http://www.dedoimedo.com/computers/b...stro-2016.html

Once you have decided which Linux distro you prefer, then choose Install.

Later, choose Something Else and create 3 partitions:

sda1 for root (/)………..about 25GB
sda2 for swap …………2GB
sda3 for home (/home) ….remainder of hard drive.

https://forums.linuxmint.com/viewtopic.php?t=122276

I recommend that you try Linux first before spending money on Windows.

Normally Windows would be installed first on a “dual-boot” installation with Linux installed afterwards.
 
1 members found this post helpful.
Old 02-10-2017, 08:14 AM   #10
BW-userx
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Quote:
Originally Posted by cznsnowy91 View Post
Thanks guys, doesn't sound too difficult to get going and I appreciate all the help and information! I'll have a look at some of the recommendations this afternoon, and will also check out Mint and a few others.

One last question, if I were to choose to purchase Windows (This is the system i'm most comfortable with) would I have any issues in putting it on this specific laptop in a similar way to changing from Linpus (i.e inserting the disk or USB when starting up and going from there). Hoping it would be quite easy and wouldn't have any issues in doing so (Still not completely decided between Linux or windows).

Cheers!
you could if that thing has a DVD bay see if it also allows you to rip it out and slap a hdd in place of it.

pick up an inexpensive HDD whatever size you think you'll need, > 30GB a internal case (caddy) for the hdd and install whatever other OS you'd want to give a try separately.

But plunking down 300 Plus us $ is a lot for an OS just because.

you could pick up a inexpensive 32GB SDD about 20$ usa eaby install linux ... but that's limit your resources for data storage on your Laptop.

created a USB full install of a Linux Distro and use that until you figure out what to do .. some Distro's of Linux are able to be fully installed onto a USB Stick. Just need two usb Sticks and use your laptop as portal to allow the data to pass through it unto the other usb stick during the installation process.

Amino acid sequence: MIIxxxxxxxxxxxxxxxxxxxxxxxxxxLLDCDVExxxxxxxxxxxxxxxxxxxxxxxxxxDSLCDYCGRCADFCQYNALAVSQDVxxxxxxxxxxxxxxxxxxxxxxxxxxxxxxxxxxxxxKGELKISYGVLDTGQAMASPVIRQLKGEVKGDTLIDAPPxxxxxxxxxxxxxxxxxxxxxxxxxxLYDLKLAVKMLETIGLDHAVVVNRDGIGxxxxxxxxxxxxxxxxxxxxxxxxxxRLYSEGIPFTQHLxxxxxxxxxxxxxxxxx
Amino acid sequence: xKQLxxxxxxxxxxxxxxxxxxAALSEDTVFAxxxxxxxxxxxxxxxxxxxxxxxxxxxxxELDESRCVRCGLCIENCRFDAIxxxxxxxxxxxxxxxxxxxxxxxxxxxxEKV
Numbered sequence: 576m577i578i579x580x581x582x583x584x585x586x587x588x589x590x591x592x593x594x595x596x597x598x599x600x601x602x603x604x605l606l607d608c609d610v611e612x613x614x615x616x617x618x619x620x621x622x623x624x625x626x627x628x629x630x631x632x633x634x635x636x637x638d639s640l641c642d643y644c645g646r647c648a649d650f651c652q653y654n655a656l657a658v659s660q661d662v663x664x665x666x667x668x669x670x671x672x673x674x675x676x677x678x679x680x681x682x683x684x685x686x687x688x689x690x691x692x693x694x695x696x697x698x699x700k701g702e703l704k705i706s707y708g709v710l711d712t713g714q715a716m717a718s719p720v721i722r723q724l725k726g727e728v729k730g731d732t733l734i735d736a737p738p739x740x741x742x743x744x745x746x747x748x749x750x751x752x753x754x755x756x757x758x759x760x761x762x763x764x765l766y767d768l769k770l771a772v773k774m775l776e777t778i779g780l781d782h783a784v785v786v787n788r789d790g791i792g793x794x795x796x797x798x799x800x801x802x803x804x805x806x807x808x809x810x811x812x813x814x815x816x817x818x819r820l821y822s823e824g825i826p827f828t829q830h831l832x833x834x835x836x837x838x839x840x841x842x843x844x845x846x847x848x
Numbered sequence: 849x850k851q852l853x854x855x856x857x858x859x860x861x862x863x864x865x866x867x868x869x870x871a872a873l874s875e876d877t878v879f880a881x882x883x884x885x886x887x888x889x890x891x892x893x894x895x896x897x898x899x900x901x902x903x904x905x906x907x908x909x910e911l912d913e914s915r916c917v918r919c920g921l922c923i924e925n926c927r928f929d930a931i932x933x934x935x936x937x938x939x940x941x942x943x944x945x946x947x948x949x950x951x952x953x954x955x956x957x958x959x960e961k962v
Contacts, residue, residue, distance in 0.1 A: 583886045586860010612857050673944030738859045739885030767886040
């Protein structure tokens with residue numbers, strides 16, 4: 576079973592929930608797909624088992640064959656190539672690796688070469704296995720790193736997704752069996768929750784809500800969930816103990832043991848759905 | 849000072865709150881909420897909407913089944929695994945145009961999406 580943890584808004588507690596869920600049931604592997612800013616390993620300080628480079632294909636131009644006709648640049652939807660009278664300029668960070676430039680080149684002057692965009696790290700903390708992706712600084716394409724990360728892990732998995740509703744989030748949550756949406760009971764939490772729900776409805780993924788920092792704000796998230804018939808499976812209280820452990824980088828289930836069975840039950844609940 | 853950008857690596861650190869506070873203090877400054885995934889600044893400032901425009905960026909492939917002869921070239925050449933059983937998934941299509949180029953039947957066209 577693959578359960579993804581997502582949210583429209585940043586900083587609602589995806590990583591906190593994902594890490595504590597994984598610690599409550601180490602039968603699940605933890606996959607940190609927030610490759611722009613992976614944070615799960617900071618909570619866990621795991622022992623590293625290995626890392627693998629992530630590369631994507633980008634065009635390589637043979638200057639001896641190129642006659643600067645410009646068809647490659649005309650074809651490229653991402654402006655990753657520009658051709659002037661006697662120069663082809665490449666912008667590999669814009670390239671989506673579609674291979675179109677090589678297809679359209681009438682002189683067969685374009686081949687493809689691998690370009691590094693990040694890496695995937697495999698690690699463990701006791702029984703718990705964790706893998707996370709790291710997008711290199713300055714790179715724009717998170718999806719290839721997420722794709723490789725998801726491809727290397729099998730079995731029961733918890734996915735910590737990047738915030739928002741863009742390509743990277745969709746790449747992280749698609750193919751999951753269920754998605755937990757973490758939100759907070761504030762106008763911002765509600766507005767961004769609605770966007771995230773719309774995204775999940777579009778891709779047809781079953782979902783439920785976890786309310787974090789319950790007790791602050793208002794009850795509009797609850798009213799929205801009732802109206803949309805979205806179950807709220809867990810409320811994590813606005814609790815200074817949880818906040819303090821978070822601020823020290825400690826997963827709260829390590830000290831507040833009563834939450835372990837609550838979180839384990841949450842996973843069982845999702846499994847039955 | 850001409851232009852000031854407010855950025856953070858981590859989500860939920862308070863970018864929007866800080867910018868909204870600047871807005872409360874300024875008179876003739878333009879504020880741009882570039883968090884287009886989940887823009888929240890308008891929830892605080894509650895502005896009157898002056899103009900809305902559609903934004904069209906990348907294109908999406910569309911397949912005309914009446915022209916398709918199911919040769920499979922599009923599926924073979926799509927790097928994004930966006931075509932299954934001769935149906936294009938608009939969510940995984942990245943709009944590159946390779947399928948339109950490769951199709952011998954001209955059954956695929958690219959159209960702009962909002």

"yes every body it can be done" I've done it a few time already. A couple of different ways, that way being the most logical due to no working Linux OS.
 
Old 02-10-2017, 09:12 AM   #11
snowday
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Quote:
Originally Posted by cznsnowy91 View Post
Thanks guys, doesn't sound too difficult to get going and I appreciate all the help and information! I'll have a look at some of the recommendations this afternoon, and will also check out Mint and a few others.

One last question, if I were to choose to purchase Windows (This is the system i'm most comfortable with) would I have any issues in putting it on this specific laptop in a similar way to changing from Linpus (i.e inserting the disk or USB when starting up and going from there). Hoping it would be quite easy and wouldn't have any issues in doing so (Still not completely decided between Linux or windows).

Cheers!
My understanding (correct me if I'm wrong) is that Acer sells a similar model with Windows pre-installed. This gives me hope/optimism that a Windows install would not be a problem. Perhaps if you contacted Acer, they could sell you a Windows restore disk with all the drivers and so forth included?
 
Old 02-10-2017, 09:49 AM   #12
colorpurple21859
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Quote:
Please type "less /GPL and "Less /copyright to view
Did you do this, each one type exactly as shown and scrolled through to see if it would boot any further?
 
Old 02-11-2017, 07:18 AM   #13
cznsnowy91
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Hi Beachboy,

Thanks alot for this post. I followed all your steps and think I am almost up and running with Mint.

When I did the partition steps:
https://forums.linuxmint.com/viewtopic.php?t=122276

I inputed them all correctly and as I clicked install now I got the message: The partition table format in use on your disks normally requires you to create a separate partition for boot loader code. This partition should be marked for use as “EFI BOOT PARTITION” and should be at least 35 MB in size. Note that this is not the same as a partition mounted on /boot. If you do not go back to the partitioning menu and correct this error, bootloader installation may fail later, although it may still be possible to install the boot loader to a partition.

Should I go ahead and reduce my home partition by 35mb and create the extra one they are telling me too? Paranoid about making a mistake and having to struggle to correct it later .

If anyone else is knowledgeable on this subject please let me know!

Thank you

edit: Another guide didn't mention partitioning and instead said this: Erase disk and install Linux Mint" should be the choice for beginners who already have backed up important data from the computer

Is this another option or is partitioning better?


Quote:
Originally Posted by beachboy2 View Post
cznsnowy91,



As has been recommended above, on another computer you can download and burn to DVD or USB drive an ISO image for a particular Linux distribution, such as Linux Mint (MATE or Xfce) 64 bit, MX-16, Ubuntu, Debian etc.